Sneezing in the sun
Have you ever sneezed after leaving the house on an exceptionally sunny day? It turns out that sneezing "in the sun" even has a name, and of course there is a genetic basis for it. Autosomal-Dominant Compelling Helio-Opthalmic Outburst, or in short: ACHOO.
Though it may sound funny, it isn’t a joke. Scientists at Stanford University have led research on this topic and showed that it's a matter of single nucleotide replacement in our DNA, just one cytosine instead of thymine, which makes us sneeze when exposed to intense sun. Although the exact mechanism of this phenomenon is not yet known, it is already known that it involves irritation of the trigeminal nerve - one of the cranial nerves.
Coming back to our Polish population analyzed in the project, all this indicates that we sneeze in the sun less often than others. Our chances for the so-called photic sneeze effects are slightly lower than among other Europeans. The MAF (minor allele frequency) for the variant, referred to in the literature as rs11856995, correlated with the less frequent incidence of "sun sneezing", is 23% for the general population (GnomAD v3.1.1), but in the Polish population it is estimated at 36%.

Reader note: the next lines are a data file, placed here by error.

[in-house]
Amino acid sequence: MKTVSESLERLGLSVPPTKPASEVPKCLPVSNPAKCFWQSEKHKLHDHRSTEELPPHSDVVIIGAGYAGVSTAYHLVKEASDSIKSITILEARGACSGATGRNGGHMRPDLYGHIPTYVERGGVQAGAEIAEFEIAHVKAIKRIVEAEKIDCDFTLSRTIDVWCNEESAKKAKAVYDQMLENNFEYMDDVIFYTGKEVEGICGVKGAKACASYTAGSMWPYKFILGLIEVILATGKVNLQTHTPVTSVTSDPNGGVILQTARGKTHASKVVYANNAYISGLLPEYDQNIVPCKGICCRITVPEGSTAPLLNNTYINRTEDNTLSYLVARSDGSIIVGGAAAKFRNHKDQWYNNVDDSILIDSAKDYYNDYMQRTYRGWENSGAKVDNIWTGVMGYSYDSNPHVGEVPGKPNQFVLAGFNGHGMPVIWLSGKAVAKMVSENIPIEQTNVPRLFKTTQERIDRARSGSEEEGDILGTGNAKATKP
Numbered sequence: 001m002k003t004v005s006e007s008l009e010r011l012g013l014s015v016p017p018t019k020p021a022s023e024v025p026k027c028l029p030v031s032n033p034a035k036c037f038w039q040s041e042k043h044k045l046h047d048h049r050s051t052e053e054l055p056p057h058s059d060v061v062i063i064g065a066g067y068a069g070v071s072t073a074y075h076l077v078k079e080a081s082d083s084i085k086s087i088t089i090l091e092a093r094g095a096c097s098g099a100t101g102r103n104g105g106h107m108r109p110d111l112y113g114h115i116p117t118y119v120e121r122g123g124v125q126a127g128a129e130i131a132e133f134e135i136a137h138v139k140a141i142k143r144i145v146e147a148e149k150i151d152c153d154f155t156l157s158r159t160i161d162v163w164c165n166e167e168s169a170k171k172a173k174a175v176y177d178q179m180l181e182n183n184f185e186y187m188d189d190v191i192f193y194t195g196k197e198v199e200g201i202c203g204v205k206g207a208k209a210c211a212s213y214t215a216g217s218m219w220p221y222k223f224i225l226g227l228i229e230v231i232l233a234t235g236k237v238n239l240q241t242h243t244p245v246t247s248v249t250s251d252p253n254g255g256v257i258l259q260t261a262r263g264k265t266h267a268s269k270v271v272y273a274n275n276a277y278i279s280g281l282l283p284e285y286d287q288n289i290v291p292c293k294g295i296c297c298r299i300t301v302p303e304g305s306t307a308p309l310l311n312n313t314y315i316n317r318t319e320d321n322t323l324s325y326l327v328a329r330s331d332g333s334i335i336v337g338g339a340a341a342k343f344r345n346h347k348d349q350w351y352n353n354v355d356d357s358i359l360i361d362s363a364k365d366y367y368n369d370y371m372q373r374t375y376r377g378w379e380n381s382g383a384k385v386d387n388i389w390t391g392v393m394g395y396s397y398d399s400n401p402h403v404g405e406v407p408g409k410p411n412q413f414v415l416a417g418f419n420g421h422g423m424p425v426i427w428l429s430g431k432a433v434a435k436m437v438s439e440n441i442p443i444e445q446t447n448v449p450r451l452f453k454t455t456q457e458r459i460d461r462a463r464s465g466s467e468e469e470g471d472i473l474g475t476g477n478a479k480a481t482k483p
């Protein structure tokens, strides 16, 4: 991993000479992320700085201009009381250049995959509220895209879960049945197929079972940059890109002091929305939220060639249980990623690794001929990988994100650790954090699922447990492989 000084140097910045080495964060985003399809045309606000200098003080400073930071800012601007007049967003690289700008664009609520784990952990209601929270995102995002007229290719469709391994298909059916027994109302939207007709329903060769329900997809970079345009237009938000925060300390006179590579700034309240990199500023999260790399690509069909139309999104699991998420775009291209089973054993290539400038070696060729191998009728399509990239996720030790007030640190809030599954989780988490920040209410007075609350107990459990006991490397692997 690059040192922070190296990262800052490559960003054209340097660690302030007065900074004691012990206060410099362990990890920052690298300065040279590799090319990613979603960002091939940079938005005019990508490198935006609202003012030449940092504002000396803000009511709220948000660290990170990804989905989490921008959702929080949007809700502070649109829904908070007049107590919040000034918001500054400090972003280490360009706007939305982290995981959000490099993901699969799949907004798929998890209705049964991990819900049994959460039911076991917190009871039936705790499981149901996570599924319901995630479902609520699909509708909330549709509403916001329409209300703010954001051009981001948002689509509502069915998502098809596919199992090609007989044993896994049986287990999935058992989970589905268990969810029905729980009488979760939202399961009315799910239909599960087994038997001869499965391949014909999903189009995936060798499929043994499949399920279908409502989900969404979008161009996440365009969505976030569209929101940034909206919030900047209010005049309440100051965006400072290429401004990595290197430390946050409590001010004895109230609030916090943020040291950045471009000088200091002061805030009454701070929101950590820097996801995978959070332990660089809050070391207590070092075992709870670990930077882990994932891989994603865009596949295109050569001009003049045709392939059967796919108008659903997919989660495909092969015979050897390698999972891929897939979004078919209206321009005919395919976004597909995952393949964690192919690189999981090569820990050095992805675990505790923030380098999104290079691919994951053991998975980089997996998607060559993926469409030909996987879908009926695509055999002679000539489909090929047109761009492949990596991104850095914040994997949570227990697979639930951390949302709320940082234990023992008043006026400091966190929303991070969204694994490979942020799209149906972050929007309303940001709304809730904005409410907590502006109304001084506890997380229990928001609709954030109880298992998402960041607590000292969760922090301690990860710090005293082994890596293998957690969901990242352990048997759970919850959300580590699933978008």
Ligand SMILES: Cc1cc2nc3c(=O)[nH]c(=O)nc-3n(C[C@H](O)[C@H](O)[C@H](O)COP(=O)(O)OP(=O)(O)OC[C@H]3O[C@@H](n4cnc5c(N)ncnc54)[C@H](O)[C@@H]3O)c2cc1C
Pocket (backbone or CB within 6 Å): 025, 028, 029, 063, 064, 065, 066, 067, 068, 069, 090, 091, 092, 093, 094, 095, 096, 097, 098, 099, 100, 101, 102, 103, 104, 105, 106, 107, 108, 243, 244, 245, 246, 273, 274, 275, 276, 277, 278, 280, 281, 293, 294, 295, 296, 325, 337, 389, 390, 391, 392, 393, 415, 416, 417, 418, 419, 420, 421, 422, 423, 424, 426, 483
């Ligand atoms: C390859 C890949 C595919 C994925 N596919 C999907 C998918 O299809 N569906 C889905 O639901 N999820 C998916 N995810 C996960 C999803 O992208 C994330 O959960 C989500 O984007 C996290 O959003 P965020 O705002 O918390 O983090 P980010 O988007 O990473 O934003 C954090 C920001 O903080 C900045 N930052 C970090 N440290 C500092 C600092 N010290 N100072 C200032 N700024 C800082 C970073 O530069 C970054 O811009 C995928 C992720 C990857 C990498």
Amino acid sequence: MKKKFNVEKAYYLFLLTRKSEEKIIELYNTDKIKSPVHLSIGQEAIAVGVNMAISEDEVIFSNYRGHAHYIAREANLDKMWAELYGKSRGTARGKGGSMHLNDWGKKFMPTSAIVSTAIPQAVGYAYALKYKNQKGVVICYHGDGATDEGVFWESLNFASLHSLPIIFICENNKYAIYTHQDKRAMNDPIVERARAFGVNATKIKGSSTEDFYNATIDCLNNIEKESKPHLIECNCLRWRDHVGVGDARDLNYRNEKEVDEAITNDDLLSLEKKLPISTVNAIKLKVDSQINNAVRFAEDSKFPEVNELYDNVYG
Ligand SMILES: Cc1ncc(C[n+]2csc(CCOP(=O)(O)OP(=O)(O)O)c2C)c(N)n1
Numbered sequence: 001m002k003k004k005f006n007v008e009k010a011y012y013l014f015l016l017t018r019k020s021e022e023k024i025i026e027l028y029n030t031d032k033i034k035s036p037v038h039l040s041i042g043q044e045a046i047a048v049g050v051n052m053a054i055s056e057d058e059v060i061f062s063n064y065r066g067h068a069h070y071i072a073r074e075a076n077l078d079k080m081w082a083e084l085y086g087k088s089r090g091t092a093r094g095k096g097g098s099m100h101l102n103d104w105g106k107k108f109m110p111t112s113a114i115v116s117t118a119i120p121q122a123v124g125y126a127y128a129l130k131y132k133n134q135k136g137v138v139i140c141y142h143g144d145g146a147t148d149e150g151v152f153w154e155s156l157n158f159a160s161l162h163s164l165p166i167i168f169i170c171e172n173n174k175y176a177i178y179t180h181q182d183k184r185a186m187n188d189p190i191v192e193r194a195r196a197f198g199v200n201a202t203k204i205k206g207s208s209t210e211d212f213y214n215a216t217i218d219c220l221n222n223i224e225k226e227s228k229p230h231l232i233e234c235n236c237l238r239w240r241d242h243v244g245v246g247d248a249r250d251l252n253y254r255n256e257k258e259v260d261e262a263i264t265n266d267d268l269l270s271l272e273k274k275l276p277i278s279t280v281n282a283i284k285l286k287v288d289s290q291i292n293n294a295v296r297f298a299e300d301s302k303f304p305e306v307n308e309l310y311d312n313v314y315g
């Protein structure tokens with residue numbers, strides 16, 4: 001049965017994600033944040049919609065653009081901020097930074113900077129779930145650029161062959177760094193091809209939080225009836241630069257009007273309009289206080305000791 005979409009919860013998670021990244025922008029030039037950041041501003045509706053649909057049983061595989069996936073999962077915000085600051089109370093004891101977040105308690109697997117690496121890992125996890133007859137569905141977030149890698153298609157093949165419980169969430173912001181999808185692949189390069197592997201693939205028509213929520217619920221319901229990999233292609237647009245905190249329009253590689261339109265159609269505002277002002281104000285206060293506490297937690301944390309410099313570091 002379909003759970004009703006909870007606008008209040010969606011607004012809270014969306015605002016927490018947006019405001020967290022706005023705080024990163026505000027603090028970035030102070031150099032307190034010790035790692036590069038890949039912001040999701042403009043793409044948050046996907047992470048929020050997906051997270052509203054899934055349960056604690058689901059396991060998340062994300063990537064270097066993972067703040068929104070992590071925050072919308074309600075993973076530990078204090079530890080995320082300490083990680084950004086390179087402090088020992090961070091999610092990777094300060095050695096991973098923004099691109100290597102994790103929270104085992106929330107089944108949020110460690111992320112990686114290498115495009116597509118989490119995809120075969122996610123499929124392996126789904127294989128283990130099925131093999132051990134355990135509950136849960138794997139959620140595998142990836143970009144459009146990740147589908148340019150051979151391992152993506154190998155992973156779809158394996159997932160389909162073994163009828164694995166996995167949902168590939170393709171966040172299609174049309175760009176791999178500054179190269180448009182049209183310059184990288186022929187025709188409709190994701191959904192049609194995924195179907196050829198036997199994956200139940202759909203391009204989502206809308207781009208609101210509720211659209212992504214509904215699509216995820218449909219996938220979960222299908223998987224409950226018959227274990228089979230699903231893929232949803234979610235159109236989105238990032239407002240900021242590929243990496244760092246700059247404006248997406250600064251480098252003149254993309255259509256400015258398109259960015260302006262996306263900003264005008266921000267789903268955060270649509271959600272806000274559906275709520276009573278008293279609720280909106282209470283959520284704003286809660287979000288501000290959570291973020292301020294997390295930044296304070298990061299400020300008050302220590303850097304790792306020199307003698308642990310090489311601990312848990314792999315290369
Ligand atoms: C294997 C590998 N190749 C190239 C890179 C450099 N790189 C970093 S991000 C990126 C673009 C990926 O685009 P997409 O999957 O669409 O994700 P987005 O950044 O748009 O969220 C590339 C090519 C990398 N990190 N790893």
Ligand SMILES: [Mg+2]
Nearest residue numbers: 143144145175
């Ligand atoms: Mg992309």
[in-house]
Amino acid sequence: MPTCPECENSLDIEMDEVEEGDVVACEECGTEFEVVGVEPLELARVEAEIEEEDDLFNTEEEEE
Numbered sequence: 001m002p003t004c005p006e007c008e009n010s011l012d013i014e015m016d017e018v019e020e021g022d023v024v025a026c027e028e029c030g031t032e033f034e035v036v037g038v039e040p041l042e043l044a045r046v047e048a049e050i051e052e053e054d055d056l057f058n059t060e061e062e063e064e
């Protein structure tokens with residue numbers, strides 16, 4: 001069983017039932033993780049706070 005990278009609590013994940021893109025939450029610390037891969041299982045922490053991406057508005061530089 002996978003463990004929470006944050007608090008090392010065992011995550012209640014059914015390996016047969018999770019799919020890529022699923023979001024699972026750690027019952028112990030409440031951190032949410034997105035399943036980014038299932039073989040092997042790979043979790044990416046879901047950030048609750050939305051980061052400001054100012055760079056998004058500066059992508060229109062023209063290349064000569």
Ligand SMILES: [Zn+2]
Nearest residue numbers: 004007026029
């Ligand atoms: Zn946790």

The Thousand PolishGenomes Project - a national database of Polish variant allele frequencies" is a unique scientific project, the aim of which was to create the first database of genetic variants of Poles and Polish women. The presented results come from this project.
Find out more about sneezing in the sun:
P.S. Of course, there exists data that is less extensive than WGS analyzes from other populations, but with a much larger sample size, for example in 23andMe or FTDNA collections. In this project, however, we focused only on data from genome-wide projects. Remember that the The Thousand PolishGenomes project is open to more discoveries by other research groups in the upcoming groups, and the presented results are only the tip of the iceberg.
P.S. Picture from Freepik.com.